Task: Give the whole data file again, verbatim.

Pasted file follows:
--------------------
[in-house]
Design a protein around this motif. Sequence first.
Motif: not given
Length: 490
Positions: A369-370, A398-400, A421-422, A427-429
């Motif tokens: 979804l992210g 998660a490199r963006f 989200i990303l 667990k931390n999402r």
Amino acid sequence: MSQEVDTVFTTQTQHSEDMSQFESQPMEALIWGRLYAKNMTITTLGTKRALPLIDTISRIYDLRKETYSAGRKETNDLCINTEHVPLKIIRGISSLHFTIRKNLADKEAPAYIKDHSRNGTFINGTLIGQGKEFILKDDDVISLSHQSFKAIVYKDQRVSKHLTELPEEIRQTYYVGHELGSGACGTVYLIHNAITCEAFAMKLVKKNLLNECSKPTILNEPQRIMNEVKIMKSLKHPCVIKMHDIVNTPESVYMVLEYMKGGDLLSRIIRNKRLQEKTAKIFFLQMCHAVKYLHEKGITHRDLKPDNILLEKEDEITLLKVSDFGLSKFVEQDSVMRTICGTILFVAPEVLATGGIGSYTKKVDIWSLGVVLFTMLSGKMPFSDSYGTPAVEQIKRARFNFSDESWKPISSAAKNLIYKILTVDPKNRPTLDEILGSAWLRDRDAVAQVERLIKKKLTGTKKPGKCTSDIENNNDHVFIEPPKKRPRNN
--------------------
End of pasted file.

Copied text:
[in-house]
Design a protein around this motif. Sequence first.
Motif: not given
Length: 490
Positions: A369-370, A398-400, A421-422, A427-429
């Motif tokens: 979804l992210g 998660a490199r963006f 989200i990303l 667990k931390n999402r």
Amino acid sequence: MSQEVDTVFTTQTQHSEDMSQFESQPMEALIWGRLYAKNMTITTLGTKRALPLIDTISRIYDLRKETYSAGRKETNDLCINTEHVPLKIIRGISSLHFTIRKNLADKEAPAYIKDHSRNGTFINGTLIGQGKEFILKDDDVISLSHQSFKAIVYKDQRVSKHLTELPEEIRQTYYVGHELGSGACGTVYLIHNAITCEAFAMKLVKKNLLNECSKPTILNEPQRIMNEVKIMKSLKHPCVIKMHDIVNTPESVYMVLEYMKGGDLLSRIIRNKRLQEKTAKIFFLQMCHAVKYLHEKGITHRDLKPDNILLEKEDEITLLKVSDFGLSKFVEQDSVMRTICGTILFVAPEVLATGGIGSYTKKVDIWSLGVVLFTMLSGKMPFSDSYGTPAVEQIKRARFNFSDESWKPISSAAKNLIYKILTVDPKNRPTLDEILGSAWLRDRDAVAQVERLIKKKLTGTKKPGKCTSDIENNNDHVFIEPPKKRPRNN